It’s safe to assume that large organisations (>$1bn in annual revenue) carry a higher risk of attracting the attention of cyber criminals, simply down to company footprint – as such, it is key for these companies to ensure a thorough security policy is in place. Looking ahead, over the next two years, survey respondents from these organisations predict an increase in cyber security budgets across the board, with detection receiving the greatest investment (68 per cent). Recognising threats is the essential point of difference to prevent attacks, and organisations are acknowledging this fact.
For CISOs – a call to action
For CISOs wanting to efficiently protect their organisations, it is paramount that an acceptable risk threshold be put into play. Rather than trying to encase the organisation in concrete, a prioritised system must be implemented for potential security alerts. In a digital landscape without limits, blanket defences will not cut it.
CISOs must be motivated to understand the security risks their network faces and appreciate the potential business impact if left unsecured. Ultimately, it is a CISOs responsibility to audit the network and decide on the level of risk they are willing to accept. Instead of undertaking the near-impossible task of mapping and protecting every vulnerability, they should prioritise threats and focus on recognising suspicious network behaviours to develop an effective cyber security policy. While there are clear barriers to increasing budgets, CISOs need to be motivated to improve capabilities to safeguard the organisation – a critical element to the future of any business.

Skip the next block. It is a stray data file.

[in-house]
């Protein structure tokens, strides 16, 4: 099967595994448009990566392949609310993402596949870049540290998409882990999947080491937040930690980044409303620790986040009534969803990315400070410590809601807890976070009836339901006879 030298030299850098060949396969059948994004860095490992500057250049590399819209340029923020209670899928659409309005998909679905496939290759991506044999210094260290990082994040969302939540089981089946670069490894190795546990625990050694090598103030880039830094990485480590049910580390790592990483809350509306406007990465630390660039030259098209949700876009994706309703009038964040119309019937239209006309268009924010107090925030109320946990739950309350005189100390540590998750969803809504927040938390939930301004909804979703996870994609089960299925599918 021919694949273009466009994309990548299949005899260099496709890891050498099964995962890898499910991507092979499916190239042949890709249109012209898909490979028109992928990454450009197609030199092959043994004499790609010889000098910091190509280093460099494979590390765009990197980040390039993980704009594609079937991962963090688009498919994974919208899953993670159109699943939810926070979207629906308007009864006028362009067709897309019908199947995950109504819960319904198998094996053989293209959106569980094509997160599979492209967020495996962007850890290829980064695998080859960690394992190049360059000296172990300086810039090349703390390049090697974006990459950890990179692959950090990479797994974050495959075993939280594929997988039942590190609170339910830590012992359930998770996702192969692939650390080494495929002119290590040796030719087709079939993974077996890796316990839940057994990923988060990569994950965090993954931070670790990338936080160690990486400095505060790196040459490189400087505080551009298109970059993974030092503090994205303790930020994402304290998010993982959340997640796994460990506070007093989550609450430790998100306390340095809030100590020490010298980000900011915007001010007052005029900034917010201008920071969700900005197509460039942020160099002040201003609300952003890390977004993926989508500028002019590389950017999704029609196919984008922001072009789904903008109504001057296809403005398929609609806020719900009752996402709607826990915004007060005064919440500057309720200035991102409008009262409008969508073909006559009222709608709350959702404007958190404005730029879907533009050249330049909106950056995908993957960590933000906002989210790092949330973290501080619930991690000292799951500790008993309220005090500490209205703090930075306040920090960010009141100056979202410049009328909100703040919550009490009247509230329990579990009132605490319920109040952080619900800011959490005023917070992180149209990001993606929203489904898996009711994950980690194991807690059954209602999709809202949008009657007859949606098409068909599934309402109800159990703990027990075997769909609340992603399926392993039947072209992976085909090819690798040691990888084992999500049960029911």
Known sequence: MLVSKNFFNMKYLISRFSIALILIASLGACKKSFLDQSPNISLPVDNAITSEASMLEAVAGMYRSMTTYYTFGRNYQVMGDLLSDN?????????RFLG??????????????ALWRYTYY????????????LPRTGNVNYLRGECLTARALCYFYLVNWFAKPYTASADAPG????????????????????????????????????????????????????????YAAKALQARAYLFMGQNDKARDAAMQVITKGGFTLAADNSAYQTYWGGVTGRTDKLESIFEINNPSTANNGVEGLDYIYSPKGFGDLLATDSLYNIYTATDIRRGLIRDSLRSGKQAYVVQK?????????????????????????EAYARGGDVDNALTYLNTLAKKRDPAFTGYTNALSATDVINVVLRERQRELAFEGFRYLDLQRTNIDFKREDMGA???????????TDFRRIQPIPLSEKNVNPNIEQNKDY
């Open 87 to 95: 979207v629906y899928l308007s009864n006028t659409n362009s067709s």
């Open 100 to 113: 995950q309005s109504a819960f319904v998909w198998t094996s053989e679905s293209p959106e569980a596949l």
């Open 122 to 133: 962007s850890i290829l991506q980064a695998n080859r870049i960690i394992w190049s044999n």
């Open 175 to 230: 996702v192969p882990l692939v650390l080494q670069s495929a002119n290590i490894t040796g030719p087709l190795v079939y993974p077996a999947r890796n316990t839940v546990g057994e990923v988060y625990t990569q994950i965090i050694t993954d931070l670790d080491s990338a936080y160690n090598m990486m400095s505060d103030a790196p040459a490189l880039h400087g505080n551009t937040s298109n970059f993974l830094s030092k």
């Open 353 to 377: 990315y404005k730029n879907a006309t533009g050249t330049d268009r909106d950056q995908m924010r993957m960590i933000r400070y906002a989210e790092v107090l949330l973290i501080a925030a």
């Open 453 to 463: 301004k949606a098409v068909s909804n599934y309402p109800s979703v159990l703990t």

In the bigger picture of today’s ecosystem, the potential impact of a cyber security breach cannot be ignored. Every organisation needs to address its vulnerabilities, for the good of all, and it is clear that the business impact of cyber security breaches is great; from tarnished reputations, to damaged trust, and the resulting financial impact.
For CISOs, this is a call to sit up and take action; detection and targeted prioritisation of risk are the real opportunities to make or break the security of an organisation.
Scott Millis, CTO, Cyber adAPT